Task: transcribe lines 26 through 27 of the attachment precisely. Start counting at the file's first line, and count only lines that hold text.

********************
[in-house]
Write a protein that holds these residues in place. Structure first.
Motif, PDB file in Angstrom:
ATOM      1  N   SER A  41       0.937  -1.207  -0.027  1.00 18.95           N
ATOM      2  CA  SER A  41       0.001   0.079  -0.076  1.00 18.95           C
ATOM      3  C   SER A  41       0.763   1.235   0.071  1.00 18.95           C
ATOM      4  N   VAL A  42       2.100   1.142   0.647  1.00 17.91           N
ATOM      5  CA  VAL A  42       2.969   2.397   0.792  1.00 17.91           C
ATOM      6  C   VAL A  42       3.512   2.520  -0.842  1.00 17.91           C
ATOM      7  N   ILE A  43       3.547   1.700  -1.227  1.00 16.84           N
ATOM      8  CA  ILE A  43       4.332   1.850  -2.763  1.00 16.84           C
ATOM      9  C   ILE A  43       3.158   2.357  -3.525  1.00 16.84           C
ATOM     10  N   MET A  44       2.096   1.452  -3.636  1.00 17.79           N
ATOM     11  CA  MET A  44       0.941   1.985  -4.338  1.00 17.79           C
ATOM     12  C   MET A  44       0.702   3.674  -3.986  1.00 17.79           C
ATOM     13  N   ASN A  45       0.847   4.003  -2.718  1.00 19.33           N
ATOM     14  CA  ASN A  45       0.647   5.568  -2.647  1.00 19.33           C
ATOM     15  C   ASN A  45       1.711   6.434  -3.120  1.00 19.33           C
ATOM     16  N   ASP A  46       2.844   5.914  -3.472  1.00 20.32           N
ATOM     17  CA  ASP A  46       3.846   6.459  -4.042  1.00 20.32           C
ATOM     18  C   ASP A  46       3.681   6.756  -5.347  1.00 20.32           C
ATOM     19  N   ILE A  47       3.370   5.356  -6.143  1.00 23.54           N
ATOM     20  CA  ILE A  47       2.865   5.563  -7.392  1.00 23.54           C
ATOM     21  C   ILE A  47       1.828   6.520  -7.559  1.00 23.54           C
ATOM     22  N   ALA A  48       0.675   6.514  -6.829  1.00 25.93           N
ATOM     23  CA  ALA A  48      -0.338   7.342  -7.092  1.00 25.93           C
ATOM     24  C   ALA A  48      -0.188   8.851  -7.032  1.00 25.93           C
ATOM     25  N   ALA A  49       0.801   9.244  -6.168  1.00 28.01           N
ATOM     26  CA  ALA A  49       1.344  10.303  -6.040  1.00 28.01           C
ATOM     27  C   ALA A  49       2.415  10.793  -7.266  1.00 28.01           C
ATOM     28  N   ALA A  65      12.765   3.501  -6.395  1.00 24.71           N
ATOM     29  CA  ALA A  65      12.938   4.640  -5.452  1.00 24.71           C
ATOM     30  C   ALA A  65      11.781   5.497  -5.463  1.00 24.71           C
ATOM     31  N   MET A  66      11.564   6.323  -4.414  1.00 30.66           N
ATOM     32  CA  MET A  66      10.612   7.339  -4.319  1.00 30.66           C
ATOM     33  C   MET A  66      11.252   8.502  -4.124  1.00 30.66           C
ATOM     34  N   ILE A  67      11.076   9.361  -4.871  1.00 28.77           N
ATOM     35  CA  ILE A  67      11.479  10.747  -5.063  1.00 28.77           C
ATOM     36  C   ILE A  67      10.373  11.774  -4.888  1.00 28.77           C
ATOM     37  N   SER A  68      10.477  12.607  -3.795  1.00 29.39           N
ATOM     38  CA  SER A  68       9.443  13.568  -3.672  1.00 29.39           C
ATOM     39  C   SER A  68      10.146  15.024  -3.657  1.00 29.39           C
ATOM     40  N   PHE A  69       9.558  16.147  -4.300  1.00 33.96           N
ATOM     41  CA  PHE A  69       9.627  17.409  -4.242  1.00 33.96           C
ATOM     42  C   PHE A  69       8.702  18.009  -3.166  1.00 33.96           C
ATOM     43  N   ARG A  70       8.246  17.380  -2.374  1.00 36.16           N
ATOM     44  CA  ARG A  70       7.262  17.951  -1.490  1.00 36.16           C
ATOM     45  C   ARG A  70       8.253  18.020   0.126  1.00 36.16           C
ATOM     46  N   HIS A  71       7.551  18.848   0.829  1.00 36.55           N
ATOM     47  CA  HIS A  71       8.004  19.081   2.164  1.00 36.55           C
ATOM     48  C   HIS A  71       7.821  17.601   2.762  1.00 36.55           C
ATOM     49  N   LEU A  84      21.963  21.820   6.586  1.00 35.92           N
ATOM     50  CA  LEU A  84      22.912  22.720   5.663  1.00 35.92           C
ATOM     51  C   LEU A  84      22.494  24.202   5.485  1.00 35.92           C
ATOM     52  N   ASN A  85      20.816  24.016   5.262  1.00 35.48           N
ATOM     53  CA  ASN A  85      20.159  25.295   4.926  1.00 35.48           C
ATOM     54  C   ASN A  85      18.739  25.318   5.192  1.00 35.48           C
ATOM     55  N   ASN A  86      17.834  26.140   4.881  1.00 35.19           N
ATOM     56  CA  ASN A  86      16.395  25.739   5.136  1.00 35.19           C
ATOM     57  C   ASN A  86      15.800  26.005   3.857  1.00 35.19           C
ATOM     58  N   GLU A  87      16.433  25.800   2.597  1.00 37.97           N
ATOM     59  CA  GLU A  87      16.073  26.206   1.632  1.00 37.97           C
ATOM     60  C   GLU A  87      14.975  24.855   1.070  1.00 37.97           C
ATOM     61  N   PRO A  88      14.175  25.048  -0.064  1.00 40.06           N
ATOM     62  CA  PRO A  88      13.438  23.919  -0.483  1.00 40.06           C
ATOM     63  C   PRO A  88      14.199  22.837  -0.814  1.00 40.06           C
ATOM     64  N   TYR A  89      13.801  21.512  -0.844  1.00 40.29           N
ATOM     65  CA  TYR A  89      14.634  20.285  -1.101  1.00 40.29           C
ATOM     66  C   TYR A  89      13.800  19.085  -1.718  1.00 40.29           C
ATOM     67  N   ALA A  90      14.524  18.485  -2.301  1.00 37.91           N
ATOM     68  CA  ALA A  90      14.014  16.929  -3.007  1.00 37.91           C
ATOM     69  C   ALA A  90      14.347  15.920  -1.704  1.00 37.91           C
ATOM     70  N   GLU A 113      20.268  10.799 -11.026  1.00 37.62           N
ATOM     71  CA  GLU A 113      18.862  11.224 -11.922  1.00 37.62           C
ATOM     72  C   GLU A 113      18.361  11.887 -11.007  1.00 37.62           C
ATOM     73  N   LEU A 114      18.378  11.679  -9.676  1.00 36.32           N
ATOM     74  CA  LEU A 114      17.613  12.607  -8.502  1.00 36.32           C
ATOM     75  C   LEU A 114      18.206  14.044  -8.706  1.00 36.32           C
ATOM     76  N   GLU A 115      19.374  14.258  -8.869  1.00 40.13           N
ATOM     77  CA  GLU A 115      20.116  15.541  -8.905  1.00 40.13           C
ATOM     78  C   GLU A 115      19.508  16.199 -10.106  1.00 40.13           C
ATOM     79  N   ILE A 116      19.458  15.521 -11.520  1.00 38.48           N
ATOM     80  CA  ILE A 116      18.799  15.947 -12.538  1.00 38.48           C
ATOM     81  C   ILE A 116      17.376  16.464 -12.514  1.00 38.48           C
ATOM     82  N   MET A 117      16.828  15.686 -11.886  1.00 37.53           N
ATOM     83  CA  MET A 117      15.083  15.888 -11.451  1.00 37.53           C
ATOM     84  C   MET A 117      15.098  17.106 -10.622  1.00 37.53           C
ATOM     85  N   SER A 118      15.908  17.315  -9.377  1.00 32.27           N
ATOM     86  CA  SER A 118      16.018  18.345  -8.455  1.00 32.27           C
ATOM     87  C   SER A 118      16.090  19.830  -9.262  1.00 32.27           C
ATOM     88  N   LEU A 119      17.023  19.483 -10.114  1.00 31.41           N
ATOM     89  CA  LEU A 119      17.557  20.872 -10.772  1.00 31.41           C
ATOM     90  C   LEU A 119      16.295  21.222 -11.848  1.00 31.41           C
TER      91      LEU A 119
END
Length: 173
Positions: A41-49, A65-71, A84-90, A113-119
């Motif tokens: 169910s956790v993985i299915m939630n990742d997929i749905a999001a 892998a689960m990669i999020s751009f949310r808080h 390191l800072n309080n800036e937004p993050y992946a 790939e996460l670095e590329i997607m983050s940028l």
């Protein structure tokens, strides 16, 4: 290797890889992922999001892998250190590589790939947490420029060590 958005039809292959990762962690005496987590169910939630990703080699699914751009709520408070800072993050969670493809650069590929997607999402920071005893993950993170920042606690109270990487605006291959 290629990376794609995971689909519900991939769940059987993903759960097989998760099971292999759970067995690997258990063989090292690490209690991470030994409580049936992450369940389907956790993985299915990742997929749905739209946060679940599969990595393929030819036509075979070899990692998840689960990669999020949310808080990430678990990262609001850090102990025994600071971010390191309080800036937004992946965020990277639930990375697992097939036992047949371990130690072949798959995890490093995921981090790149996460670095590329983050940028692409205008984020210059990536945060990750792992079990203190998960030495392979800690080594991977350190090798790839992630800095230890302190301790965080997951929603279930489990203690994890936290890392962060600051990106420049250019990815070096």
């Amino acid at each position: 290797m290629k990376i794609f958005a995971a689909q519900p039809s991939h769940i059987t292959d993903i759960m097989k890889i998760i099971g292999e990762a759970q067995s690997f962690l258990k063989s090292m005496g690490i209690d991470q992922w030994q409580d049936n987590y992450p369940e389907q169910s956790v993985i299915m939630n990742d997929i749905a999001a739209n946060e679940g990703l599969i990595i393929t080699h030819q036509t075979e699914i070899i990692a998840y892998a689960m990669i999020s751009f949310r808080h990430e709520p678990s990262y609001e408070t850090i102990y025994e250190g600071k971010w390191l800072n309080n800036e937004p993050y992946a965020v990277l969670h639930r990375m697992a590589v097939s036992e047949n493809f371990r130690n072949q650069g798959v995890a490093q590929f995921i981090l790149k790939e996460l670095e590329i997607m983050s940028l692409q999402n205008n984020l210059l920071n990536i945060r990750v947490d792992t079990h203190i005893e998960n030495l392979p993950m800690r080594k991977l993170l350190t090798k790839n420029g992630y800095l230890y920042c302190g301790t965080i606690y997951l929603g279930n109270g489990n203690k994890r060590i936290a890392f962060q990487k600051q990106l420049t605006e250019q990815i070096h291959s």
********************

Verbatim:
ATOM     23  CA  ALA A  48      -0.338   7.342  -7.092  1.00 25.93           C
ATOM     24  C   ALA A  48      -0.188   8.851  -7.032  1.00 25.93           C